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FULL RUSALKA (Dargomyzhsky) St.Petersburg 2024 Olga Osipchenkova, Oleg Trofimov, Oleg Palkin

Video Recording from: YouTube     FULL VIDEO          Qries

Information on the Performance
Information about the Recording
  • Published by: Capella of St.Petersburg  
  • Date Published: 2024  
  • Format: Streaming
  • Quality Video: 4 Audio:4
  • Subtitles: nosubs  
  • Video Recording from: YouTube     FULL VIDEO

Rusalka (Russian: Русалка, romanized: Rusálka listenⓘ) is an opera in four acts, six tableaux, by Alexander Dargomyzhsky, composed during 1848-1855. The Russian libretto was adapted by the composer from Aleksandr Pushkin’s incomplete dramatic poem of the same name. It premiered on 4 May 1856 (Old Style) at the Theatre-circus, conducted by Konstantin Lyadov (father of Anatoly Lyadov), choreographed by Marius Petipa and Nikolay Goltz, but was badly received predominantly by the aristocracy.

In 1859, the opera was again presented at the Bolshoi Theatre in Moscow, but it was not until 1865, when it was staged at the Mariinsky Theatre, that it was finally well received. The conductor was Eduard Nápravník; the Prince was sung by Fyodor Petrovich Komissarzhevsky, the Princess by Darya Leonova, Miller by Osip Petrov, and Natasha by Yulya Platonova.

Although much of Dargomyzhsky’s Rusalka is fairly conventional in musical form and style, its singular innovation for the history of Russian music in particular is the application of “melodic recitative” at certain points in the drama. This type of recitative consists of lyrical utterances which change continuously according to the dramatic situation, with likewise varied accompaniment in the orchestra. Dargomyzhsky was to apply this technique of vocal composition on a small scale in his songs and on a large scale in his final opera, The Stone Guest.

The action takes place by the Dnieper River

The plot tells of a maiden who, after being jilted by a prince, drowns herself (hence the designation “rusalka,” or “drowned maiden”).

Act 1
The bank of the Dnieper River. A mill near an oak tree. Natacha, daughter of the miller awaits the prince who she is in love with; she ignores her father’s warnings about such an alliance. The prince greets her, but unable to tell them that he is to wed a rich princess showers them in gifts. While peasants sing and dance for the miller the prince and Natacha go in the mill, where she discovers the truth but then reveals to him that she is carrying his child. The miller tries to console his daughter but she throws herself in the river.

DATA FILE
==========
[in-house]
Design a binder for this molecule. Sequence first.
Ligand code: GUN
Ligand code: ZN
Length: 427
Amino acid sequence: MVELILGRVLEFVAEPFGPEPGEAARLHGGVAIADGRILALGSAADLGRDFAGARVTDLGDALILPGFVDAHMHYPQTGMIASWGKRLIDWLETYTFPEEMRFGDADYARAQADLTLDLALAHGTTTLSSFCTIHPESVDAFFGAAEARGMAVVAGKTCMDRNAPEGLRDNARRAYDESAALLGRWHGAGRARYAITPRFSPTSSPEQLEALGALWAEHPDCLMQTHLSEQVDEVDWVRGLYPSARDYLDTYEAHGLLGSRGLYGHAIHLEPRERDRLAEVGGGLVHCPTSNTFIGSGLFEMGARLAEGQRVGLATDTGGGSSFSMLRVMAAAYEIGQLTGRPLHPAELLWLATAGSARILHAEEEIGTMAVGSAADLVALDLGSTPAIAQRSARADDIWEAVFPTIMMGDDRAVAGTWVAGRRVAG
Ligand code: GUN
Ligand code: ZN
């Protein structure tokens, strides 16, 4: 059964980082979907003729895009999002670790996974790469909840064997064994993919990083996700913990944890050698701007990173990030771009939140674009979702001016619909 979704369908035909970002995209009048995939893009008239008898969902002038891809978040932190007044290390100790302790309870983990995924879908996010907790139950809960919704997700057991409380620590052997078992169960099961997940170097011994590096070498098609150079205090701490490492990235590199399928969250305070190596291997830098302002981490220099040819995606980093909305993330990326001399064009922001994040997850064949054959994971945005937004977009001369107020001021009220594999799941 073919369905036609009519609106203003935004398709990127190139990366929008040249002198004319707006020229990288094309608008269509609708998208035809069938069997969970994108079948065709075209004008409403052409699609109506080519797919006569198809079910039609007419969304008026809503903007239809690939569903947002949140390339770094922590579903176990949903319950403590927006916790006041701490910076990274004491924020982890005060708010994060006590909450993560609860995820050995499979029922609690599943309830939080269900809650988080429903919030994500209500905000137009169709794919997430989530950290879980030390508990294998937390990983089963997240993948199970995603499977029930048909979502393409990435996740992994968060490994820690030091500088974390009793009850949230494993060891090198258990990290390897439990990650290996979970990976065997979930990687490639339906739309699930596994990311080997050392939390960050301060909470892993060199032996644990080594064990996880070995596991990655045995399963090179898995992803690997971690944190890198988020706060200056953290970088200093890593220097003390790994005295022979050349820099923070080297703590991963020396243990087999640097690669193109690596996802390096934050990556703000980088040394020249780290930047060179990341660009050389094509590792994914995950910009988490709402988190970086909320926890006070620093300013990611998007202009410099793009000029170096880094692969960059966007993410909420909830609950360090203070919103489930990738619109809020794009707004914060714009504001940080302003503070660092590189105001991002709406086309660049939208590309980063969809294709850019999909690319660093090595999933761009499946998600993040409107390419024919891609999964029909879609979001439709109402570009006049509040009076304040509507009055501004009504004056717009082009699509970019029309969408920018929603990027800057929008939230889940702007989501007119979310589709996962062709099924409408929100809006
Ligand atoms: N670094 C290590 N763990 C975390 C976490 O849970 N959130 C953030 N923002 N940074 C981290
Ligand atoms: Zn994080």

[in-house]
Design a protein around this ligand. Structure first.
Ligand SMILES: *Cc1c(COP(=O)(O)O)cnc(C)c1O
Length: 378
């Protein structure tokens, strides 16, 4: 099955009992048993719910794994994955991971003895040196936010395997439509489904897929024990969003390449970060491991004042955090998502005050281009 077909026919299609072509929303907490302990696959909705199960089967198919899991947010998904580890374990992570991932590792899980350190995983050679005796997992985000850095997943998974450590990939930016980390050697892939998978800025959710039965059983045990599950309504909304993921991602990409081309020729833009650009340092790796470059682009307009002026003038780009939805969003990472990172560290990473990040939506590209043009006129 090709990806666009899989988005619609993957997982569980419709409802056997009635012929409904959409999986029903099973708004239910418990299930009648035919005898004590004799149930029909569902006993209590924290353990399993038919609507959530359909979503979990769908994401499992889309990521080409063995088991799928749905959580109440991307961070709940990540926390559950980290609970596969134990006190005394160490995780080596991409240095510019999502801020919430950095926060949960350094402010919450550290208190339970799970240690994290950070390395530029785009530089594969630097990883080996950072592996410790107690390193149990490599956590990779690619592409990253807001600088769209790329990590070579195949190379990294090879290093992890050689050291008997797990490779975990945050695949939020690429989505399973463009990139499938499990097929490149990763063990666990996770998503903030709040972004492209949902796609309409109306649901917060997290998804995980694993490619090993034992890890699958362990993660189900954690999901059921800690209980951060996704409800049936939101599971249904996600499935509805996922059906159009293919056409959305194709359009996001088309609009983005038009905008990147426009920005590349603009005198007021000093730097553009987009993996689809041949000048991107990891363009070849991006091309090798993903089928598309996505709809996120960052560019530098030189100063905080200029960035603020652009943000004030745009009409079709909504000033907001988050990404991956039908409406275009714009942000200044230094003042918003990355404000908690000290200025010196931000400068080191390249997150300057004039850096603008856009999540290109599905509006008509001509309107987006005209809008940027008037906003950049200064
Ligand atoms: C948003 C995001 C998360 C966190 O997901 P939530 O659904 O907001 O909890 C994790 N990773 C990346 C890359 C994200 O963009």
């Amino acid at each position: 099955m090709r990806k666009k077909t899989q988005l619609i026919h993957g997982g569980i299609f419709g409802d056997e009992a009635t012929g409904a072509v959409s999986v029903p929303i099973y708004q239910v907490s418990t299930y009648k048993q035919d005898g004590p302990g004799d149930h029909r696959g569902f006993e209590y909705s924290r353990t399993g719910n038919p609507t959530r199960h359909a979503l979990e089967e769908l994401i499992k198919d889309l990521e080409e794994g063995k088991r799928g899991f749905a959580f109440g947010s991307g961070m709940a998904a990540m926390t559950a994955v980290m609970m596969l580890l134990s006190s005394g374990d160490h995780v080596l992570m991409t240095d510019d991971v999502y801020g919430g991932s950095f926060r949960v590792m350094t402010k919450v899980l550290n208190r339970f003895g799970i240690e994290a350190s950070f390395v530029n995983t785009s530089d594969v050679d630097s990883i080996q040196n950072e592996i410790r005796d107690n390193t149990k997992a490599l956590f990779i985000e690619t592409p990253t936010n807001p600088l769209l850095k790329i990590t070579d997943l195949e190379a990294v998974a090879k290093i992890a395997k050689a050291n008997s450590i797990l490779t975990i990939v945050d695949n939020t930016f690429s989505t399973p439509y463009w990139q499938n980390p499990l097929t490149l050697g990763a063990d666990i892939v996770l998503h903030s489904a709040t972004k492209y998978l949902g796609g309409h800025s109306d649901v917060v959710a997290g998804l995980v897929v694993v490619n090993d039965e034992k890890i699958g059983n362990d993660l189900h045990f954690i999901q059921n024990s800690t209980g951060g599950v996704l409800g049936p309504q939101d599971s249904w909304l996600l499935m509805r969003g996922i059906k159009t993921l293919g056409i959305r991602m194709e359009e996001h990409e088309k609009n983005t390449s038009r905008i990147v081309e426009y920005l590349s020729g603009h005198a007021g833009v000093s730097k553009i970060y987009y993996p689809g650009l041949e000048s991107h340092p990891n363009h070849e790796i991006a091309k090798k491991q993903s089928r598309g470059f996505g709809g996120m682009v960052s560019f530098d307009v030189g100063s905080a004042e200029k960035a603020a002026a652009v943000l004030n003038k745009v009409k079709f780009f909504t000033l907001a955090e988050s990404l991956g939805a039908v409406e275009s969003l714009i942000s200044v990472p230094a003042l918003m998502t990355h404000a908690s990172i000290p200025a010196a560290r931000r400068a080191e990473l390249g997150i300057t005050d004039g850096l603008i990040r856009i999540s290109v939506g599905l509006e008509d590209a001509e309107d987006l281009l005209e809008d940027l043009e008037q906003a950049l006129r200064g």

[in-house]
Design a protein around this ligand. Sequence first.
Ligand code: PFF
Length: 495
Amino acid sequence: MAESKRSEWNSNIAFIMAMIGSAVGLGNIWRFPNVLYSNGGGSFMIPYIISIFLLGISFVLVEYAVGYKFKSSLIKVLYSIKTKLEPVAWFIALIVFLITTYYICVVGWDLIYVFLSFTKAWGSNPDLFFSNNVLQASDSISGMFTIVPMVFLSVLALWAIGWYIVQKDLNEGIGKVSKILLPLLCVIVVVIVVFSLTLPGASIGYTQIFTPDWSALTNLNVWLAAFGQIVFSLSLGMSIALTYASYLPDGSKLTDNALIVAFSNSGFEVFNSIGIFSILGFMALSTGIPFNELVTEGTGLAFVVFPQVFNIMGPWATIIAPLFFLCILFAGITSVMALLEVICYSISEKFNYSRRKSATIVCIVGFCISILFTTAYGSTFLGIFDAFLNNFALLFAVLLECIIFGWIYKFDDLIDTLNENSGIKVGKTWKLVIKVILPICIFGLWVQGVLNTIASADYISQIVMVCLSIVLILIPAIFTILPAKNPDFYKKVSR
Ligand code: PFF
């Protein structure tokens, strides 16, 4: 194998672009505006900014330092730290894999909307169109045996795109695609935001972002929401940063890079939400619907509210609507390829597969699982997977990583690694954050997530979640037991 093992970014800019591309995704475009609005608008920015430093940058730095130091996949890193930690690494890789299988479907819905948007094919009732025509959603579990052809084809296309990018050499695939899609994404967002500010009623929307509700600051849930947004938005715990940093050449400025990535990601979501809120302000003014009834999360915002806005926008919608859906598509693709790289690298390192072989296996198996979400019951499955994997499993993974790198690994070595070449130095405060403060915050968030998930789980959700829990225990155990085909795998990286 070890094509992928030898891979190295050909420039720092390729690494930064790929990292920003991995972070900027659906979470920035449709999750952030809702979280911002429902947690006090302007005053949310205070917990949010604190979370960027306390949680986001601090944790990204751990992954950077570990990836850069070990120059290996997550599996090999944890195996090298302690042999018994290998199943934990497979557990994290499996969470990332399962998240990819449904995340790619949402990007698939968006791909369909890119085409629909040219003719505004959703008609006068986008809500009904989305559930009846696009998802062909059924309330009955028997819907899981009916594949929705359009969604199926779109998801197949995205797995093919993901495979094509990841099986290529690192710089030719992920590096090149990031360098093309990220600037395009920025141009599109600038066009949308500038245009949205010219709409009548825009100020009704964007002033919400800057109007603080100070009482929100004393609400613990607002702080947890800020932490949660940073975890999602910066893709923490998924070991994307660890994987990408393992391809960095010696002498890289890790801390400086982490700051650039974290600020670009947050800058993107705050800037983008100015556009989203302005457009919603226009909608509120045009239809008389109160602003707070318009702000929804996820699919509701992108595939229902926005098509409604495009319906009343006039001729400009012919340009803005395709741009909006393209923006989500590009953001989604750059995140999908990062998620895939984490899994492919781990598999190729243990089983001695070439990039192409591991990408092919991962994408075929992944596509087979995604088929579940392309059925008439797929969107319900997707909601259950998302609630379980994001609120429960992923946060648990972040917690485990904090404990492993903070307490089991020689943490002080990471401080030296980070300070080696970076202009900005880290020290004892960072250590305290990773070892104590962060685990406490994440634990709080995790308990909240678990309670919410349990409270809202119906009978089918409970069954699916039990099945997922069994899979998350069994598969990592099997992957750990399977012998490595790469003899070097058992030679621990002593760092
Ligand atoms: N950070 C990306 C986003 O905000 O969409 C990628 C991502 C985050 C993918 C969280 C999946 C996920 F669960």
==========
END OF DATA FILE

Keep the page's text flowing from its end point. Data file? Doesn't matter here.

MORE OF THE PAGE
Act 2
A rich mansion. A princely wedding. The marriage of the prince and princess is being celebrated. But in the midst of the happiness a distant voice is heard – that of Natacha. The prince orders his equerry to find out what is happening, raising the suspicions of the princess. As the party recommences a groan is heard.

Act 3
Scene 1: A tower chamber. A drawing room. After their wedding the prince has abandoned the princess who confesses her worries to Olga. A hunter has found the prince wandering the banks of the Dniepr and is sent off to bring him home.

Scene 2: The bank of the Dnieper River. The ruined mill. Evening. The rusalkas sing in the river. The prince observes the waters, recalling his love for Natacha. The miller appears, mad with despair and announces that his grand-daughter the rusalka is taking care of him. The prince thinks he has gone mad, and when his invitation to the miller to come to his castle is rejected, rushes away.

Act 4
Scene 1: The bottom of the Dnieper. The underwater palace of the Rusalki. Rusalkas dance in the river; Natacha is now their queen. Her daughter brings news of the miller. But Natacha with new hope, asks her daughter to bring the prince to her one evening.

Scene 2: The bank of the Dnieper River. The ruined mill. The princess and Olga have followed the prince to the riverbank and watch on as he meets the young rusalka; as he follows her they emerge and try to prevent him going. But they are thwarted by the voice of Natacha who lures the prince. The miller suddenly bursts from the forest and pushes the prince into the deep river, to the laughter of the rusalkas, who present his body to their queen.

Quoted from Wikipedia


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